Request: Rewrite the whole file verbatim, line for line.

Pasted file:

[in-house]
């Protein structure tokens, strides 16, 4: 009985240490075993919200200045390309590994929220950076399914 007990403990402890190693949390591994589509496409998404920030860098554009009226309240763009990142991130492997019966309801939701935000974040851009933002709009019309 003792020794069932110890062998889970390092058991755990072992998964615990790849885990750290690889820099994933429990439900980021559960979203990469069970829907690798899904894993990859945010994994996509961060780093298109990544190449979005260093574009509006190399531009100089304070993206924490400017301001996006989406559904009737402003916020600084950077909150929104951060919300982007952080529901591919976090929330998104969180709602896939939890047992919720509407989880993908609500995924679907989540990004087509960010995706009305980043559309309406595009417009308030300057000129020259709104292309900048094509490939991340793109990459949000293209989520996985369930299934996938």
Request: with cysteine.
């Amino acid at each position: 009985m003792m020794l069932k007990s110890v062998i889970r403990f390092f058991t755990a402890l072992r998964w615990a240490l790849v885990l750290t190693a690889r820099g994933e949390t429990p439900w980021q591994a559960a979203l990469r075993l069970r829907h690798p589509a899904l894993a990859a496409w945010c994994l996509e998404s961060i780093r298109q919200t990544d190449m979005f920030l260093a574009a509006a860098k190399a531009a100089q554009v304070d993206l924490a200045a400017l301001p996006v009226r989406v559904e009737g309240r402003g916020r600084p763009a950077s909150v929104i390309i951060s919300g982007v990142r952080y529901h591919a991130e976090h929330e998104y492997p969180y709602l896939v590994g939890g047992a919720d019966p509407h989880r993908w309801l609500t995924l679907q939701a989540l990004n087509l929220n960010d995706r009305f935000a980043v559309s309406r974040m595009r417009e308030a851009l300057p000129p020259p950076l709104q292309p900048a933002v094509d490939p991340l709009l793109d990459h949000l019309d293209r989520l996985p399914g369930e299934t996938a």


[in-house]
């Protein structure tokens, strides 16, 4: 009985240490075993919200200045390309590994929220950076399914 007990403990402890190693949390591994589509496409998404920030860098554009009226309240763009990142991130492997019966309801939701935000974040851009933002709009019309 003792020794069932110890062998889970390092058991755990072992998964615990790849885990750290690889820099994933429990439900980021559960979203990469069970829907690798899904894993990859945010994994996509961060780093298109990544190449979005260093574009509006190399531009100089304070993206924490400017301001996006989406559904009737402003916020600084950077909150929104951060919300982007952080529901591919976090929330998104969180709602896939939890047992919720509407989880993908609500995924679907989540990004087509960010995706009305980043559309309406595009417009308030300057000129020259709104292309900048094509490939991340793109990459949000293209989520996985369930299934996938």
Request: with cysteine.
């Amino acid at each position: 009985m003792m020794l069932k007990s110890v062998i889970r403990f390092f058991t755990a402890l072992r998964w615990a240490l790849v885990l750290t190693a690889r820099g994933e949390t429990p439900w980021q591994a559960a979203l990469r075993l069970r829907h690798p589509a899904l894993a990859a496409w945010c994994l996509e998404s961060i780093r298109q919200t990544d190449m979005f920030l260093a574009a509006a860098k190399a531009a100089q554009v304070d993206l924490a200045a400017l301001p996006v009226r989406v559904e009737g309240r402003g916020r600084p763009a950077s909150v929104i390309i951060s919300g982007v990142r952080y529901h591919a991130e976090h929330e998104y492997p969180y709602l896939v590994g939890g047992a919720d019966p509407h989880r993908w309801l609500t995924l679907q939701a989540l990004n087509l929220n960010d995706r009305f935000a980043v559309s309406r974040m595009r417009e308030a851009l300057p000129p020259p950076l709104q292309p900048a933002v094509d490939p991340l709009l793109d990459h949000l019309d293209r989520l996985p399914g369930e299934t996938a």